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IMF says Cyprus will need more spending cuts

Published July 30, 2014 10:43 am

Economy • Financially troubled island nation has to do more to satisfy rescue program.
This is an archived article that was published on sltrib.com in 2014, and information in the article may be outdated. It is provided only for personal research purposes and may not be reprinted.

Nicosia, Cyprus • The International Monetary Fund said Wednesday that Cyprus will need to make additional spending cuts to meet a key target of its financial rescue program.

IMF official Delia Velculescu said that more permanent cuts to government spending, including the public sector wage bill, are needed for authorities to achieve a primary surplus of four percent of gross domestic product by 2018. A primary surplus does not count the cost of servicing existing debt.

That surplus is seen as key to rolling back Cyprus' public debt which is now around 120 percent of gross domestic product. According to the program terms, public debt must fall to around 100 percent of GDP by 2020.



With Cyprus on the verge of bankruptcy, a joint IMF-European Union rescue package agreed in March 2013 forced uninsured deposits in the country's two largest banks to be seized in order to recapitalize the bigger Bank of Cyprus. The smaller lender, Laiki, was shut down and parts of it absorbed by Bank of Cyprus.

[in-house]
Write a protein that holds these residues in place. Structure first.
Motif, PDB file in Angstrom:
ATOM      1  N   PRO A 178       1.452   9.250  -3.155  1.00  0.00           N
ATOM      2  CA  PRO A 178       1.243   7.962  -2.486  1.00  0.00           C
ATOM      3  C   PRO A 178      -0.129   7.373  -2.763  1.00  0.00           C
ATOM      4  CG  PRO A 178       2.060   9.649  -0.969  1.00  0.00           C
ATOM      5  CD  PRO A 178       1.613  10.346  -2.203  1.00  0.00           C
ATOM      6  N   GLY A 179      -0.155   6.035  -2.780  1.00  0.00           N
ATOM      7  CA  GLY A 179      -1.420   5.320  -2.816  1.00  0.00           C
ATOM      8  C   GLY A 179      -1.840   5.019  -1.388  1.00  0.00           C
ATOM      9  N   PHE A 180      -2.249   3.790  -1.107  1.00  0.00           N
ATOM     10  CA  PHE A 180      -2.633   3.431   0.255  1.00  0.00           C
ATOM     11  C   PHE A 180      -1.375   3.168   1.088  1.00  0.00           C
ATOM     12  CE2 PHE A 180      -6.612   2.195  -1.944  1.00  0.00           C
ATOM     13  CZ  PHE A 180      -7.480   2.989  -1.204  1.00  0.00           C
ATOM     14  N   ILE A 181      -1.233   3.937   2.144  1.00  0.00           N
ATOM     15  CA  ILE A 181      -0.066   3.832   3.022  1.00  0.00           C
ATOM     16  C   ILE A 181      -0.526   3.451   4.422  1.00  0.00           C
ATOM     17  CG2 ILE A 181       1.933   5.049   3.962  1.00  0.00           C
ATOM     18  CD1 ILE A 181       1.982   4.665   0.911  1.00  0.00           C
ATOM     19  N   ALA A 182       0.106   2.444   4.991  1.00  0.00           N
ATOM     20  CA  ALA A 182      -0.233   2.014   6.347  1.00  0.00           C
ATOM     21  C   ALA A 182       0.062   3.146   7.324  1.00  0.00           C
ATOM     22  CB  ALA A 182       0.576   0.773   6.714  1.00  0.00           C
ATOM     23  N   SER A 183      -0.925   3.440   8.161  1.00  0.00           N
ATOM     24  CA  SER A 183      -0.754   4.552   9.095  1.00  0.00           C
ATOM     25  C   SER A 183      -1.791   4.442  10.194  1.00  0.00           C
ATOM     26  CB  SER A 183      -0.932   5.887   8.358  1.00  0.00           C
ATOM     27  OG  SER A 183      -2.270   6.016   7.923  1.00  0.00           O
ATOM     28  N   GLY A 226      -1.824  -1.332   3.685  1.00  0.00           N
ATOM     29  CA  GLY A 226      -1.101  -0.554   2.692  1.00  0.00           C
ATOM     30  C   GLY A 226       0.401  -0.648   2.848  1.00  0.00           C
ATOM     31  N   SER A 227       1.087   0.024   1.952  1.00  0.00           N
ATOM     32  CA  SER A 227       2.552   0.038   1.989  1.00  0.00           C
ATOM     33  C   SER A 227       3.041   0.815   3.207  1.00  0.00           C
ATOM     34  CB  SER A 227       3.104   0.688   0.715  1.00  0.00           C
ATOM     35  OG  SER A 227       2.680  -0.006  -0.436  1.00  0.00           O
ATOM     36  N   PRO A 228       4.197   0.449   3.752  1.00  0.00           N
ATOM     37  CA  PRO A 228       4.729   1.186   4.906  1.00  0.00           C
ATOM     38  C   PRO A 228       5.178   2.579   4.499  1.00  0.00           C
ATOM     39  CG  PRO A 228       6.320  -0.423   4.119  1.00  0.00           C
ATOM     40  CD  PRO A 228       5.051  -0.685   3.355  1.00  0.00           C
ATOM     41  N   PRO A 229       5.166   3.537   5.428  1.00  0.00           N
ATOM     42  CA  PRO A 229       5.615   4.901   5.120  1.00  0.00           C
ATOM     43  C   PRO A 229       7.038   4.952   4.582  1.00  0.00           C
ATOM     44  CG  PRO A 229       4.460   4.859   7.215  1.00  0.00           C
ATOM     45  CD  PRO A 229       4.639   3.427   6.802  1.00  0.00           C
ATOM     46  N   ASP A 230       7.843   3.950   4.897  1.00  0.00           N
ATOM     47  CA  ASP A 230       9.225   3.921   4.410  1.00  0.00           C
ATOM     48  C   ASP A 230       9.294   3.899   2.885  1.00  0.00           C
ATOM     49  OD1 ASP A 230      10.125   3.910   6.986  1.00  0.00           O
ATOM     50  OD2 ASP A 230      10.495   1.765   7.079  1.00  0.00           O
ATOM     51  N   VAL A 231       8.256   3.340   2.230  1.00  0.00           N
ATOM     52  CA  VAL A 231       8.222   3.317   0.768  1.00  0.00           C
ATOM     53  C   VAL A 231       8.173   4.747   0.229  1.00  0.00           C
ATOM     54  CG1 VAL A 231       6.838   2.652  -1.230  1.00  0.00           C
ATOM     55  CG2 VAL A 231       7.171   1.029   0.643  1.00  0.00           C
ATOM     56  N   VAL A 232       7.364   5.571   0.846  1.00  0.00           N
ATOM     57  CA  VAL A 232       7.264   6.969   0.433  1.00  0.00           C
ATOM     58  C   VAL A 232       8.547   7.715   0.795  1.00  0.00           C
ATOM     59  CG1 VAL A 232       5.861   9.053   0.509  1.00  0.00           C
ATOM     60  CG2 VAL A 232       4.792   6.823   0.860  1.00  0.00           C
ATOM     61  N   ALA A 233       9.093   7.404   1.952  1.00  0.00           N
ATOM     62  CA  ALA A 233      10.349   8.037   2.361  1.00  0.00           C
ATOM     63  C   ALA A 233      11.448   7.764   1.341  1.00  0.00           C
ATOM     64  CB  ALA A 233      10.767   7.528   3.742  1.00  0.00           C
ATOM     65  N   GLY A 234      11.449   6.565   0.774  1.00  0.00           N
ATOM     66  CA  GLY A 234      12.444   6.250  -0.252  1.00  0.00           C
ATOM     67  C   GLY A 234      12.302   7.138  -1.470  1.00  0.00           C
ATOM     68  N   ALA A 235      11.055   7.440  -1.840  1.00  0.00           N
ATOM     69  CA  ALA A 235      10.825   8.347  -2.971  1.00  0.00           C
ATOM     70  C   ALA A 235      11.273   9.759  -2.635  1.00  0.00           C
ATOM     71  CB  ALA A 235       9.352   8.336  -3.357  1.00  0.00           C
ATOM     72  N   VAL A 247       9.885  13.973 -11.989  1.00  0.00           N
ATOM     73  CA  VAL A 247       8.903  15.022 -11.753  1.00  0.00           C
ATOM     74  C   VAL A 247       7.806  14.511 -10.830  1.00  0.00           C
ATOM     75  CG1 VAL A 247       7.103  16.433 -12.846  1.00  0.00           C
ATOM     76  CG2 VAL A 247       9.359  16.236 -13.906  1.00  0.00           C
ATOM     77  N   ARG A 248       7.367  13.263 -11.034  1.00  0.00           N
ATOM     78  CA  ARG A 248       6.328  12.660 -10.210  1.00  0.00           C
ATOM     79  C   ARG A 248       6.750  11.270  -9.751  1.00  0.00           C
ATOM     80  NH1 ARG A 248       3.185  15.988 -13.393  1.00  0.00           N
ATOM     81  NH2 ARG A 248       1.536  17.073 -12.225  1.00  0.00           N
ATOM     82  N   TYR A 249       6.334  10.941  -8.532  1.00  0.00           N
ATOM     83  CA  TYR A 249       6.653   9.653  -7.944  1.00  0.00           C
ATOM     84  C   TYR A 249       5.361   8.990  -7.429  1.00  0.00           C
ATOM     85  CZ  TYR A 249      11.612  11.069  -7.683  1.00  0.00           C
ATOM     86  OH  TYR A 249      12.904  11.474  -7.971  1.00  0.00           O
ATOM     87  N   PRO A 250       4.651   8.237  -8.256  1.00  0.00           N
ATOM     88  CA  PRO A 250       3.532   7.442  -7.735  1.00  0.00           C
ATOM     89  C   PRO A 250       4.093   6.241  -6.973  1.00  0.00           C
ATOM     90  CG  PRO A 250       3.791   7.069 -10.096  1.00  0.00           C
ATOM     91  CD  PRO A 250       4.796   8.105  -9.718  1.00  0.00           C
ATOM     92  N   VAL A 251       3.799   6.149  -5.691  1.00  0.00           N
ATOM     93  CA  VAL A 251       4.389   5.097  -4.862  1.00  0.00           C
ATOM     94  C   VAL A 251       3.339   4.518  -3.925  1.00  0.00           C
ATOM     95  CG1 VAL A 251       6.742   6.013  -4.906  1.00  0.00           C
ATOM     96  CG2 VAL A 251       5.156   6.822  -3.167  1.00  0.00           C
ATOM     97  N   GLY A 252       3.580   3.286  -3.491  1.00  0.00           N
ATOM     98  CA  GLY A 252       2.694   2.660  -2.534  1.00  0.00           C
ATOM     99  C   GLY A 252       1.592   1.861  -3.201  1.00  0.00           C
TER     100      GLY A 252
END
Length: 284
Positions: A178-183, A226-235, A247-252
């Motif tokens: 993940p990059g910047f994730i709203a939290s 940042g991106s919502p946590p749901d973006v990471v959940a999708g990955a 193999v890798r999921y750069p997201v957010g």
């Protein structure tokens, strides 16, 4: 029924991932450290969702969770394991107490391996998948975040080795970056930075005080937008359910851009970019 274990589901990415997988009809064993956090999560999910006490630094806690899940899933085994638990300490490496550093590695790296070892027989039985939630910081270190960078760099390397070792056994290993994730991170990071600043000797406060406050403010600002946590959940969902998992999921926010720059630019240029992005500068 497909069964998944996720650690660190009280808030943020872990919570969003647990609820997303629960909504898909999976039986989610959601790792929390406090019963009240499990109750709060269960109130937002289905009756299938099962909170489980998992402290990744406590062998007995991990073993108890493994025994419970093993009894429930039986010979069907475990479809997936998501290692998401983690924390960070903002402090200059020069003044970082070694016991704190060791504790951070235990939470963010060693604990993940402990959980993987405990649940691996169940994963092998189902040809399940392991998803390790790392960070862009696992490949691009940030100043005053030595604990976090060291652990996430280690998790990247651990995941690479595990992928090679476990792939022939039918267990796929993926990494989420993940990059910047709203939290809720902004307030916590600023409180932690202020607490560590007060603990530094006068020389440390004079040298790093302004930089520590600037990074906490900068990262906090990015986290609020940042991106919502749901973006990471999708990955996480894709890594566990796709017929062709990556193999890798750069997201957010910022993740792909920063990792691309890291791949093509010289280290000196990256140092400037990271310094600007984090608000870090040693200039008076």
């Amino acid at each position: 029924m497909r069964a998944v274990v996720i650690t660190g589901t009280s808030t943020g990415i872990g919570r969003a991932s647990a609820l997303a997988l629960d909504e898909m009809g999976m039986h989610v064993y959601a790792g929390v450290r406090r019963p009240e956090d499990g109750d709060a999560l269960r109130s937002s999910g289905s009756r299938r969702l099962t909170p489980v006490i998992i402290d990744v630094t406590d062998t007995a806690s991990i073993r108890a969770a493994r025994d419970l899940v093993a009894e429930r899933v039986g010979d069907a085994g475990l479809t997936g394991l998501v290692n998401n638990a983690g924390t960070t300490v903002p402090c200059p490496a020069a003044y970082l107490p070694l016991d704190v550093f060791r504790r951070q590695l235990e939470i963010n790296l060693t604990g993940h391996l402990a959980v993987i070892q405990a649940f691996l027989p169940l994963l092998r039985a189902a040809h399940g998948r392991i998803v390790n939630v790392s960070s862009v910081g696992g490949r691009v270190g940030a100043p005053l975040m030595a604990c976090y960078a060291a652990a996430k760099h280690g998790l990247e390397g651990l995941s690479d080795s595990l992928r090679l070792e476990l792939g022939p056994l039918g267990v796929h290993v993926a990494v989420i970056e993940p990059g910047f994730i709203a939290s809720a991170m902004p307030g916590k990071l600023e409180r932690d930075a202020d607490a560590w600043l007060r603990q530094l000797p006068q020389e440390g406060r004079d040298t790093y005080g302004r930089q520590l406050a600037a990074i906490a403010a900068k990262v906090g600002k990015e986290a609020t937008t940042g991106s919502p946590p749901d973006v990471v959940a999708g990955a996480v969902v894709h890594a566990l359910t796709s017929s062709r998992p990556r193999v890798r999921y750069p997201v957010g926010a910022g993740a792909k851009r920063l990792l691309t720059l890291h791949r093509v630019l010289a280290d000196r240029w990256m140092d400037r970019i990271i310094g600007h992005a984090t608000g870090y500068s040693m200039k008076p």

Cypriot authorities have implemented a package of spending cuts backed up by revenues that amounted to around 7 percent of GDP. However, the IMF said in a statement that more savings could be made by eliminating automatic pay rises for government workers before a wage freeze expires in 2016, better linking pay with performance and reforming the education sector and pensions.

Velculescu said the country must revise its foreclosure legislation to tackle the high number of bad loans — over half of all loans — that are holding back economic growth.

She said the IMF expects the Cabinet-approved legislation to pass since it's a condition of the rescue program. But some political parties have openly opposed it over fears that people will lose their homes. Velculescu said in case the parliament votes down the legislation before a September 1st deadline, international creditors would have to return to the country to discuss with authorities how to proceed.

The next batch of rescue money — $470 million from the EU and $115.5 million from the IMF — is set to be released in late September.

 

 

 

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